12. ^ Huang, Elaine (November 25, 2013). "11 titillating minutes with Ashley Madison renders me impressed". e27 access date=2014-2-4. "It’s not too conservative, it’s not too challenging. I think this is a anomaly. We have had success in Japan and Hong Kong. We will have success in Taiwan and Korea. We will find a way to bring this to the Philippines and Thailand. And ultimately, I genuinely believe Ashley Madison will be available to anyone in Singapore who wants to access it. I really believe that." 
  13. ^ a b Hill, Catey (2009-01-29). "Banned! These ads are too racy for the Super Bowl". The New York Daily News. Retrieved 2010-01-06. 
  14. ^ a b c Peat, Don (2009-12-11). "TTC dumps Ashley Madison". Toronto Sun. Retrieved 2010-01-06. 
  15. ^ Edwards, Jim (2009-12-16). "No Streetcars Named Desire: Toronto Bans Adultery Ads on Public Transit". bnet.com. Retrieved 2010-01-06. 
  16. ^ Wong, Scott (2010-02-22). "Phoenix rejects $10M offer from infidelity Web site". The Arizona Republic. Retrieved 2010-03-03. 
  17. ^ Fisher, Katie (2010-02-23). "Risque website offers $10 million for Sky Harbor name change". ABC15. Archived from the original on 25 February 2010. Retrieved 2010-03-03.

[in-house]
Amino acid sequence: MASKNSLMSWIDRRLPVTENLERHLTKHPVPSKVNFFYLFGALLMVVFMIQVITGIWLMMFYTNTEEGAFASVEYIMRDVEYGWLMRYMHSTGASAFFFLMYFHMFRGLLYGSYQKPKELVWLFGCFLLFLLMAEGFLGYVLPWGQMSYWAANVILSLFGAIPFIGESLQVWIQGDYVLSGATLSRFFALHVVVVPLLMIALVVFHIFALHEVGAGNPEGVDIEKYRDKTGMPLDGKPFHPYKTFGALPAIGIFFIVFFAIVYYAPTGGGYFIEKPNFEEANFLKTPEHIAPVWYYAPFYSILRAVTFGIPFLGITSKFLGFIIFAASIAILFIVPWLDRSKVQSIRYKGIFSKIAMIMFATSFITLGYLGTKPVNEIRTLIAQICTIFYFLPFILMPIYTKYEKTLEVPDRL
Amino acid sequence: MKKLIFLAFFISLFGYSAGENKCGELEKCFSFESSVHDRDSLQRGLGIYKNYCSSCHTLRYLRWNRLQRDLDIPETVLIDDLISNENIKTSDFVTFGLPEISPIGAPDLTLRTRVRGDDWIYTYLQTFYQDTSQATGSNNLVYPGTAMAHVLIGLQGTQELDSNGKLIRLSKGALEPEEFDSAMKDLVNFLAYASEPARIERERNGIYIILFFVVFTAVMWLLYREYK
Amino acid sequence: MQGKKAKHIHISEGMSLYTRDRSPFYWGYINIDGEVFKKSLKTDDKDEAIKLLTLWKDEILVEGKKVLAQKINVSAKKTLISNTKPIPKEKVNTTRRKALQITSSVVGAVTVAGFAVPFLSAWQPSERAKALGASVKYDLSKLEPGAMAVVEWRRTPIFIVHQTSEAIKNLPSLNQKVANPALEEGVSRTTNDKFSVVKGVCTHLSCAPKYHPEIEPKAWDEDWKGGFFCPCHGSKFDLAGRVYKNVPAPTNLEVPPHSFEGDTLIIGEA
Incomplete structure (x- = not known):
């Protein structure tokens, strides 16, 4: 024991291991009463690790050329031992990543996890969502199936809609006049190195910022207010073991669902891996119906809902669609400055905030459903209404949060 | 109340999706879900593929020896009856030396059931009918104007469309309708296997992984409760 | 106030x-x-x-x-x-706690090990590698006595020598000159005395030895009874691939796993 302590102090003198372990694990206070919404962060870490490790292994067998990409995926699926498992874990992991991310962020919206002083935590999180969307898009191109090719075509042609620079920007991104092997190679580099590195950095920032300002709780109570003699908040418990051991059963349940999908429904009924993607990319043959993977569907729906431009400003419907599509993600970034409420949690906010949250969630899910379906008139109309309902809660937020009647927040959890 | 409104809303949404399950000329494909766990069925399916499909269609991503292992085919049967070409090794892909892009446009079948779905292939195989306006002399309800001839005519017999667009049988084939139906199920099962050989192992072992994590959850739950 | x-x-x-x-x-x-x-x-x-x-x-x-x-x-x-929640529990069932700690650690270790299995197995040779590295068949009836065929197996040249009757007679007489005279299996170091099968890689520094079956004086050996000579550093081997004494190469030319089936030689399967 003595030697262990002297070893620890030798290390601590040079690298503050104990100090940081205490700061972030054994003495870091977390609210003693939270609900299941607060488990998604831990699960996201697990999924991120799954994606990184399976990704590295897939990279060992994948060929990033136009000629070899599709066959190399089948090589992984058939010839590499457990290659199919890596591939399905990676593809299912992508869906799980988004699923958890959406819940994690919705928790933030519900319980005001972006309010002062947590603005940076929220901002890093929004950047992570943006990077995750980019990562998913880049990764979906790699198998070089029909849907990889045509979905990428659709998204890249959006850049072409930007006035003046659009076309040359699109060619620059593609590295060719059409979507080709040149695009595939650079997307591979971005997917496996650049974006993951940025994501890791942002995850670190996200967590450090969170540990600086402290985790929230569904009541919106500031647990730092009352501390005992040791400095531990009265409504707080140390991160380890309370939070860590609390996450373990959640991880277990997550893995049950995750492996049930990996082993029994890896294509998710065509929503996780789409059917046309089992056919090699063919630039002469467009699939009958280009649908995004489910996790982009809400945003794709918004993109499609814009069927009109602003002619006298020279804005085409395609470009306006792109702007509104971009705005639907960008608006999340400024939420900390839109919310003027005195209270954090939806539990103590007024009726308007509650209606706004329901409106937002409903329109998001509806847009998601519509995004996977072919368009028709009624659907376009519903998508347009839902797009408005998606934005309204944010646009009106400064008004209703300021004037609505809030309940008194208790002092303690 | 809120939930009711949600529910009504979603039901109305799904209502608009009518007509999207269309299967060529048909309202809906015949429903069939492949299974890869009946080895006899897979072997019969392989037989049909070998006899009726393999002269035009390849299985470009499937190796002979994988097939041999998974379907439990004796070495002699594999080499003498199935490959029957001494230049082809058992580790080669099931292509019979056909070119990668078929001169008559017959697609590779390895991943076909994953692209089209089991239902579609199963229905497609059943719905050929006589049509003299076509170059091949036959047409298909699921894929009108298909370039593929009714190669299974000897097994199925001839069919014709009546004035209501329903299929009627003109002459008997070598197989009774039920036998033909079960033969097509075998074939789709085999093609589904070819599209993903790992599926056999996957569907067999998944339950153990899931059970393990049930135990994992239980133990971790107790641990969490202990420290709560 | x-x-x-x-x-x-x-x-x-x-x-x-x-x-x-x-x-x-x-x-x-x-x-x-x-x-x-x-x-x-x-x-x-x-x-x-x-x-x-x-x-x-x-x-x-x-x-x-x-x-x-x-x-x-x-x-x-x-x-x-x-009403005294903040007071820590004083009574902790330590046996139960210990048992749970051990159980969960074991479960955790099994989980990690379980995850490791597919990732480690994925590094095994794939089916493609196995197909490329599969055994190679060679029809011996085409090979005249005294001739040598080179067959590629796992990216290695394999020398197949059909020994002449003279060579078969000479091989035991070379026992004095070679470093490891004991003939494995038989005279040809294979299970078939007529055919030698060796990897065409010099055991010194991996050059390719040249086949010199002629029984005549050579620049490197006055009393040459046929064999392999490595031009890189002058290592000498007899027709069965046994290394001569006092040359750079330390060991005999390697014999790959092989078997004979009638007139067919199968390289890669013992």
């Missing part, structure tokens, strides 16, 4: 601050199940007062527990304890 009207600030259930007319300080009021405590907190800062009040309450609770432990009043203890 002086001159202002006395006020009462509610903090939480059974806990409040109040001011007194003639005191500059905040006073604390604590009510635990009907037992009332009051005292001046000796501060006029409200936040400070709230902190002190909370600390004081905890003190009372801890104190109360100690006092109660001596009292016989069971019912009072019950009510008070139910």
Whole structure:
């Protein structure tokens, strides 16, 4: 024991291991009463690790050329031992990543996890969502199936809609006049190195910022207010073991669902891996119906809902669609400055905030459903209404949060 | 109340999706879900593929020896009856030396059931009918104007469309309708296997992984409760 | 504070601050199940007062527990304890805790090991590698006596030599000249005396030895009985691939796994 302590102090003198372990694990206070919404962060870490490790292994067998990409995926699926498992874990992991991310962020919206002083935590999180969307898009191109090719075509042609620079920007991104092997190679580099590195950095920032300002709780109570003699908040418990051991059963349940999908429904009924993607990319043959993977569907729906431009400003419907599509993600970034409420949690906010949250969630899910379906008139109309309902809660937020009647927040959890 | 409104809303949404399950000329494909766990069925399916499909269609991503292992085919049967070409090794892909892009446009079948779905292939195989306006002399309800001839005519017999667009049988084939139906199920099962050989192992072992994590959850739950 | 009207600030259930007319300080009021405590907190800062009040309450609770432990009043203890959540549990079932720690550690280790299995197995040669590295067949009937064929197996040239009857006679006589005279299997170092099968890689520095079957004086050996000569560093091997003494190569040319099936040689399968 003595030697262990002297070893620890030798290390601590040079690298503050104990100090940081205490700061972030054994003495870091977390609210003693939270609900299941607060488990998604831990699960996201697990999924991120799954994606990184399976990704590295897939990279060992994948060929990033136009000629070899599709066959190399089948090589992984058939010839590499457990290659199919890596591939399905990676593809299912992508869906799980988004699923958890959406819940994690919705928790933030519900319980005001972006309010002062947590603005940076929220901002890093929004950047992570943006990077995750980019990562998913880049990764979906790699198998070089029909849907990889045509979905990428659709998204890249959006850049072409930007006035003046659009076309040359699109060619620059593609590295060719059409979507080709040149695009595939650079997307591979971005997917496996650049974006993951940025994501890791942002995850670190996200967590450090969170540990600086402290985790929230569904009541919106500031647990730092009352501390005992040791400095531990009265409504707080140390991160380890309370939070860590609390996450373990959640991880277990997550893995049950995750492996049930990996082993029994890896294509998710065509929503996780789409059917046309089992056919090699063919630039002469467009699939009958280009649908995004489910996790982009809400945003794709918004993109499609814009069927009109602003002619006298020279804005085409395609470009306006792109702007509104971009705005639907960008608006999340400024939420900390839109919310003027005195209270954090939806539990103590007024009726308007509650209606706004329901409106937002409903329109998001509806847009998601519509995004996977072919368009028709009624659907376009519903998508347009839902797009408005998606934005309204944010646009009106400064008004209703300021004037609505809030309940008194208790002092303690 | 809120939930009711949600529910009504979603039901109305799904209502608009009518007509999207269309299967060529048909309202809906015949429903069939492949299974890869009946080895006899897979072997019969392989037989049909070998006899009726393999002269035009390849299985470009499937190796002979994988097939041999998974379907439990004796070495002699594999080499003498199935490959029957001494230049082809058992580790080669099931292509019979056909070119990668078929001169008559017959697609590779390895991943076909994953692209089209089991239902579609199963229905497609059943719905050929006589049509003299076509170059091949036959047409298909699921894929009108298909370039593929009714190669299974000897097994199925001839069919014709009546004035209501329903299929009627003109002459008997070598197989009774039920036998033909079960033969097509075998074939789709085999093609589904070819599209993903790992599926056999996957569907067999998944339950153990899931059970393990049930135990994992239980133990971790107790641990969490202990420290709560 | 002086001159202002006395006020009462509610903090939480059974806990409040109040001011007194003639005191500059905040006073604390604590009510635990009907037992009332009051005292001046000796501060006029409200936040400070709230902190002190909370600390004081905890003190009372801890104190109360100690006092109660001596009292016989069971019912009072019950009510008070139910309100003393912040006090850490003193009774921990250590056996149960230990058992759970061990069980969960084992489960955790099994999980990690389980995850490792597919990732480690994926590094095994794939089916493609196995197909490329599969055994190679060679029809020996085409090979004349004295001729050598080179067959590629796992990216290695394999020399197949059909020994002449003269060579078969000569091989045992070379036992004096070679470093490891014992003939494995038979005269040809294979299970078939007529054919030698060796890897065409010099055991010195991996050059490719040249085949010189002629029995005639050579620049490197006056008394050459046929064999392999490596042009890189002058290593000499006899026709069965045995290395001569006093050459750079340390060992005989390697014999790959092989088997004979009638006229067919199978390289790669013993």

18. ^ "NFL Stadium Offered $25M to Promote Adultery". TMZ.com. 2010-05-30. Archived from the original on 11 August 2010. Retrieved 2010-09-23. 
  19. ^ "Andrea Bargnani: Don't Believe the Hype About Virtus Roma, Ashley Madison, and Me". BallInEurope.com. ESPN TrueHoop Network. 2011-11-20. Retrieved 2011-10-21. 
  20. ^ "Vatican and Opus Dei hostile to AshleyMadison as Virtus Roma sponsor". Sportando.net. 2011-11-20. Retrieved 2011-10-21. 
  21. ^ Caplan, Jeremy (2008-06-28). "Cheating 2.0: New Mobile Apps Make Adultery Easier". Time Magazine. Retrieved 2010-01-06. 
  22. ^ Woman hurt typing fake profiles for dating site, $20M suit alleges, at CityNews; by Paola Loriggio; published November 10, 2013; retrieved November 11, 2013
  23. ^ a b "Ashley Madison Terms _Conditions". Cyprus: Ashley Madison. 2013-10-21. Retrieved 2013-11-09. 

External links[edit]